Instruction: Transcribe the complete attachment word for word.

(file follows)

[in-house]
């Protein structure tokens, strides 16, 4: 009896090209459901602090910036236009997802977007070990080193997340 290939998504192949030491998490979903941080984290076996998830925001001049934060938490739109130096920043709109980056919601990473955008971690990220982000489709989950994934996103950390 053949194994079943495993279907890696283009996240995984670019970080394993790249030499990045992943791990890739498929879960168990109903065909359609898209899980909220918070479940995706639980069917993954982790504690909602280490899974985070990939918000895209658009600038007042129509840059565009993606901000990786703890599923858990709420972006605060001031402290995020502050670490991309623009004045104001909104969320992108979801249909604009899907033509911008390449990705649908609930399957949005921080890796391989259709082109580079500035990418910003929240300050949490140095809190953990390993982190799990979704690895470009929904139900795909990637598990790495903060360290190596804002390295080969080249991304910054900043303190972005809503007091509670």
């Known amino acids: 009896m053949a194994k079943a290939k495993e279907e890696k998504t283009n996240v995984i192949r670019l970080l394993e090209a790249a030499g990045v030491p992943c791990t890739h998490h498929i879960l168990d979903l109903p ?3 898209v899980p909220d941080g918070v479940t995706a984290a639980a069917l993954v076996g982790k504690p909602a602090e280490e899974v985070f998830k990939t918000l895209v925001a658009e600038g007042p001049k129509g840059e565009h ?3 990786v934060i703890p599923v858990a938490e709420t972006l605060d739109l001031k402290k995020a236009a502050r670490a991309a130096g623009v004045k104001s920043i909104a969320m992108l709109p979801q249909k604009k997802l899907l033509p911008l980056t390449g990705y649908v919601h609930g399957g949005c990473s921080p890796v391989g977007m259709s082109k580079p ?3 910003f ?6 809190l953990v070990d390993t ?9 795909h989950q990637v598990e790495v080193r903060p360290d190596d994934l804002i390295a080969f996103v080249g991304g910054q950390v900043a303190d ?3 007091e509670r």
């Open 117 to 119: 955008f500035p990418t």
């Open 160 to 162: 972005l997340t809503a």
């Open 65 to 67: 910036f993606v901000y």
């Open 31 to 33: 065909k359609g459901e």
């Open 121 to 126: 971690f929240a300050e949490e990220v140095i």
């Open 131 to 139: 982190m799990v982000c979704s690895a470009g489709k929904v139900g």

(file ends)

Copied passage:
[in-house]
């Protein structure tokens, strides 16, 4: 009896090209459901602090910036236009997802977007070990080193997340 290939998504192949030491998490979903941080984290076996998830925001001049934060938490739109130096920043709109980056919601990473955008971690990220982000489709989950994934996103950390 053949194994079943495993279907890696283009996240995984670019970080394993790249030499990045992943791990890739498929879960168990109903065909359609898209899980909220918070479940995706639980069917993954982790504690909602280490899974985070990939918000895209658009600038007042129509840059565009993606901000990786703890599923858990709420972006605060001031402290995020502050670490991309623009004045104001909104969320992108979801249909604009899907033509911008390449990705649908609930399957949005921080890796391989259709082109580079500035990418910003929240300050949490140095809190953990390993982190799990979704690895470009929904139900795909990637598990790495903060360290190596804002390295080969080249991304910054900043303190972005809503007091509670």
């Known amino acids: 009896m053949a194994k079943a290939k495993e279907e890696k998504t283009n996240v995984i192949r670019l970080l394993e090209a790249a030499g990045v030491p992943c791990t890739h998490h498929i879960l168990d979903l109903p ?3 898209v899980p909220d941080g918070v479940t995706a984290a639980a069917l993954v076996g982790k504690p909602a602090e280490e899974v985070f998830k990939t918000l895209v925001a658009e600038g007042p001049k129509g840059e565009h ?3 990786v934060i703890p599923v858990a938490e709420t972006l605060d739109l001031k402290k995020a236009a502050r670490a991309a130096g623009v004045k104001s920043i909104a969320m992108l709109p979801q249909k604009k997802l899907l033509p911008l980056t390449g990705y649908v919601h609930g399957g949005c990473s921080p890796v391989g977007m259709s082109k580079p ?3 910003f ?6 809190l953990v070990d390993t ?9 795909h989950q990637v598990e790495v080193r903060p360290d190596d994934l804002i390295a080969f996103v080249g991304g910054q950390v900043a303190d ?3 007091e509670r």
């Open 117 to 119: 955008f500035p990418t």
């Open 160 to 162: 972005l997340t809503a």
């Open 65 to 67: 910036f993606v901000y």
């Open 31 to 33: 065909k359609g459901e």
């Open 121 to 126: 971690f929240a300050e949490e990220v140095i």
């Open 131 to 139: 982190m799990v982000c979704s690895a470009g489709k929904v139900g």